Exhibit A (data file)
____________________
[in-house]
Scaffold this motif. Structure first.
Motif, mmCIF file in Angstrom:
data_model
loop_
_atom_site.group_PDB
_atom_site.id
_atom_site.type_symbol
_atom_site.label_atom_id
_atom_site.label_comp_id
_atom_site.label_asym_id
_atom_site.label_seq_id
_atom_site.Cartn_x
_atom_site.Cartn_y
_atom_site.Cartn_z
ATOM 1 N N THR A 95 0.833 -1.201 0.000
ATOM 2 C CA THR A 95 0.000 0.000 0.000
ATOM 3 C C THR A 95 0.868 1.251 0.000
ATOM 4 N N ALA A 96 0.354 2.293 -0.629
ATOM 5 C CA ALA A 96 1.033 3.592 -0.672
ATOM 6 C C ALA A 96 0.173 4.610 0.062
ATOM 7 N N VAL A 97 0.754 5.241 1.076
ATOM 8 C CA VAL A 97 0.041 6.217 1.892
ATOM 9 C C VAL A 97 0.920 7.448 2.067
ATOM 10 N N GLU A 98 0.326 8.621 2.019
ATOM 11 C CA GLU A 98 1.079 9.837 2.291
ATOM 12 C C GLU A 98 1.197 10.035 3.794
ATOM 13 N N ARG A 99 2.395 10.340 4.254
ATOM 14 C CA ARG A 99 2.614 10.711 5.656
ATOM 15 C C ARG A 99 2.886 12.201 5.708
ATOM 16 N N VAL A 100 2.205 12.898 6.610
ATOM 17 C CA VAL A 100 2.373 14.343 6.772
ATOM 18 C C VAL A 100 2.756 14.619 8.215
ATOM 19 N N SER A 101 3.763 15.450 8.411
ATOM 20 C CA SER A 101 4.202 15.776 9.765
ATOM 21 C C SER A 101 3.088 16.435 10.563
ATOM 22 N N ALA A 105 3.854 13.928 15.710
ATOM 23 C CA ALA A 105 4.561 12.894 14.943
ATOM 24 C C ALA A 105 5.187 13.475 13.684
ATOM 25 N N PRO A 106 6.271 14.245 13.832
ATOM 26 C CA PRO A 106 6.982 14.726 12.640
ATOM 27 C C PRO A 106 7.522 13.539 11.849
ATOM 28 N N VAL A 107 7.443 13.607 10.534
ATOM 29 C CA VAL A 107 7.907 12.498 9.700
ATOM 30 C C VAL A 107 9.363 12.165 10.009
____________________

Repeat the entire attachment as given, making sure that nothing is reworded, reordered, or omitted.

[in-house]
Scaffold this motif. Structure first.
Motif, mmCIF file in Angstrom:
data_model
loop_
_atom_site.group_PDB
_atom_site.id
_atom_site.type_symbol
_atom_site.label_atom_id
_atom_site.label_comp_id
_atom_site.label_asym_id
_atom_site.label_seq_id
_atom_site.Cartn_x
_atom_site.Cartn_y
_atom_site.Cartn_z
ATOM 1 N N THR A 95 0.833 -1.201 0.000
ATOM 2 C CA THR A 95 0.000 0.000 0.000
ATOM 3 C C THR A 95 0.868 1.251 0.000
ATOM 4 N N ALA A 96 0.354 2.293 -0.629
ATOM 5 C CA ALA A 96 1.033 3.592 -0.672
ATOM 6 C C ALA A 96 0.173 4.610 0.062
ATOM 7 N N VAL A 97 0.754 5.241 1.076
ATOM 8 C CA VAL A 97 0.041 6.217 1.892
ATOM 9 C C VAL A 97 0.920 7.448 2.067
ATOM 10 N N GLU A 98 0.326 8.621 2.019
ATOM 11 C CA GLU A 98 1.079 9.837 2.291
ATOM 12 C C GLU A 98 1.197 10.035 3.794
ATOM 13 N N ARG A 99 2.395 10.340 4.254
ATOM 14 C CA ARG A 99 2.614 10.711 5.656
ATOM 15 C C ARG A 99 2.886 12.201 5.708
ATOM 16 N N VAL A 100 2.205 12.898 6.610
ATOM 17 C CA VAL A 100 2.373 14.343 6.772
ATOM 18 C C VAL A 100 2.756 14.619 8.215
ATOM 19 N N SER A 101 3.763 15.450 8.411
ATOM 20 C CA SER A 101 4.202 15.776 9.765
ATOM 21 C C SER A 101 3.088 16.435 10.563
ATOM 22 N N ALA A 105 3.854 13.928 15.710
ATOM 23 C CA ALA A 105 4.561 12.894 14.943
ATOM 24 C C ALA A 105 5.187 13.475 13.684
ATOM 25 N N PRO A 106 6.271 14.245 13.832
ATOM 26 C CA PRO A 106 6.982 14.726 12.640
ATOM 27 C C PRO A 106 7.522 13.539 11.849
ATOM 28 N N VAL A 107 7.443 13.607 10.534
ATOM 29 C CA VAL A 107 7.907 12.498 9.700
ATOM 30 C C VAL A 107 9.363 12.165 10.009